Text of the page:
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In-Depth Coverage Of The Irish And European Markets

NEWSLETTER | 31 October 2022


We read all the news so you don’t have to. Our round up of the headlines that caught our eye over the last few weeks...

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While the future looks bright for the regulated recreational market in Europe, there are still reminders of the obstacles it faces. The story of banning tourists from Amsterdam's coffeeshops has been doing the rounds for a number of years. On one hand, the Netherlands is pushing to create a fully legalised market, in place of its current grey-market. On the other, some are pushing to ban tourists from Amsterdam's coffeeshops. While most industry experts do not see this ban happening, it wouldn’t be the first setback that the famous Dutch coffeeshops have faced in recent years.

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“The SPD’s Carmen Wegge and Dirk Heidenblut offered a confident response to these issues, stating that they were very sure they would find a solution that didn’t breach international law, and would not impact the legislative timeline.”


While its medical use is not, the recreational use of cannabis is prohibited under the 1961 UN Single Convention on Narcotic Drugs, along with restrictions at a European level. These are the headaches that the German government faces in its quest to legalise and regulate its recreational cannabis market.

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The FSAI’s enforcement on CBD products continues. This being a high-profile instance involving Jacob Hooey, the CBD arm of one of Europe’s most well established hemp companies, HempFlax, and the well-known health store, Holland and Barrett.

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This should serve as a warning to Irish CBD brands that continue to make medical and health claims about their products. Such claims are, unless authorised, prohibited under Irish and EU regulations. While records of fines across Europe aren’t as readily available, Australia follows the US who have fined CBD companies for making similar claims. As the FSAI’s enforcement continues regarding THC levels in CBD products, unauthorised health claims could be next on the radar.

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It’s good to see the continued innovation in the European hemp and cannabinoid space. Earlier this year, we saw the introduction of one of the first, and marketed as such, high CBG cultivars. With restrictions around the hemp and cannabinoid space continuing to fall away, innovation looks set to continue in this space.

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Another high-profile investment in German cannabis. German cannabis businesses continue to attract North American investor interest. We expect to see a continuation of such investment as German recreational legalisation grows nearer. It is interesting to see big tobacco joining the action, following in the steps of some of the alcohol brands who have shown interest in legal cannabis.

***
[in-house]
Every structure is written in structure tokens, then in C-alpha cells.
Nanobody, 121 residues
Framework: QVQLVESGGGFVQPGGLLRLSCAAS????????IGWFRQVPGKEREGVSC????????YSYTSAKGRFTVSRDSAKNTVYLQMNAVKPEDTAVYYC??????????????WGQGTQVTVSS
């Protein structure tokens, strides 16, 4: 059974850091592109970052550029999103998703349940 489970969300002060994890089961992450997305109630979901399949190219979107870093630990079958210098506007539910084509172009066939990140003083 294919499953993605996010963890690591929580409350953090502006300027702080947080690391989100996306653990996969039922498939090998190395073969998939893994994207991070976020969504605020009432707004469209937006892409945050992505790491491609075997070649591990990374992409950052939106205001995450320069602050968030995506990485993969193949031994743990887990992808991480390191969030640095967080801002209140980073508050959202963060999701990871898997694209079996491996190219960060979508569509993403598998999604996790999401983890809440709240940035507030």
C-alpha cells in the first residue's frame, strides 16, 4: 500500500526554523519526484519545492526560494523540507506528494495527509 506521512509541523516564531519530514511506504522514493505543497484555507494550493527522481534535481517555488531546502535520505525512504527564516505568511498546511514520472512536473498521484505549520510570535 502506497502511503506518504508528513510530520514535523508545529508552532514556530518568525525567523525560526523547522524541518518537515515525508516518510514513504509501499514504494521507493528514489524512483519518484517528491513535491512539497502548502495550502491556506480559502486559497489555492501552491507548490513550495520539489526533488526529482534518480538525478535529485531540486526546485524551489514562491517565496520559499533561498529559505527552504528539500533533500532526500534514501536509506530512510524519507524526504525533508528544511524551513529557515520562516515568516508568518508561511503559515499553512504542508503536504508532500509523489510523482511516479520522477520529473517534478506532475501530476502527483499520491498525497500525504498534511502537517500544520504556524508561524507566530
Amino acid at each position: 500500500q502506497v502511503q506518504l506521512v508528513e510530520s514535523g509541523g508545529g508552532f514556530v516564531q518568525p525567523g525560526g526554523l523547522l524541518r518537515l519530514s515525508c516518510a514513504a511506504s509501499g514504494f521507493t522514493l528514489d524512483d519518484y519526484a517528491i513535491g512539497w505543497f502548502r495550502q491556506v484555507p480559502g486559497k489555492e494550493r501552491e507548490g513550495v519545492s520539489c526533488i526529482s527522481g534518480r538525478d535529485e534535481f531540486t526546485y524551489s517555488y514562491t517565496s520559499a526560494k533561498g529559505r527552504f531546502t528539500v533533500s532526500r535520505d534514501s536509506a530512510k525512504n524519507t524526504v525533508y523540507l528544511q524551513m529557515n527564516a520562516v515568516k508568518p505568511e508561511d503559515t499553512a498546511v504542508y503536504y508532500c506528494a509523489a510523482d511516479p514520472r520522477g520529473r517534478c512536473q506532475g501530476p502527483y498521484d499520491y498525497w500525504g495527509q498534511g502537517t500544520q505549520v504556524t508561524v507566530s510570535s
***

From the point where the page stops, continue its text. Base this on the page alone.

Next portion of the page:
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Although its rollout has been criticised for being too slow and restrictive in the permitted treatable conditions, there has been some progress in respect of Ireland’s medical cannabis access programme (MCAP). It’s worth noting that this product was previously made available on the MCAP.


The full list of approved products, as it stands, can be seen here.

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Headline aside, some good coverage of the recent open cannabis market, claiming to be a first in Ireland, organised by Major Group For Cannabis Reform. The event was well advertised and covered on social media. The enforcement of low level cannabis supply and consumption seem as low as ever on the authorities’ priority list. It will be interesting to see the stance taken to events such as this. An optimist’s view is that a blind eye approach will be taken, at least in some parts of the country, leading to de facto cannabis decriminalisation.

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At the date of this newsletter this is likely a dated story to most readers. President Biden had previously voiced his support for the decriminalisation of marijuana, which he delivered on in this recent move. However, he has been vocal in his lack of support for full scale federal legalisation. Those hoping for federal legalisation, a move that would have a positive knock-on effect for the US and global markets, shouldn’t hold their breath.

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“With Canada and the US leading the way, Europe is looking at its growing cannabis market with excitement, but there are plenty of mistakes to be avoided.”


Europe has the benefit of hindsight when looking at the successes and failures of the rollout of legal cannabis in North America. The European model has been noticeably slower in coming to fruition. Those, who are more patient, believe that Europe’s cautious approach will, in the long run, prove to be the better approach. This article provides some good insights into the current state of play in Europe.


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©2022 by The Cannabis Review

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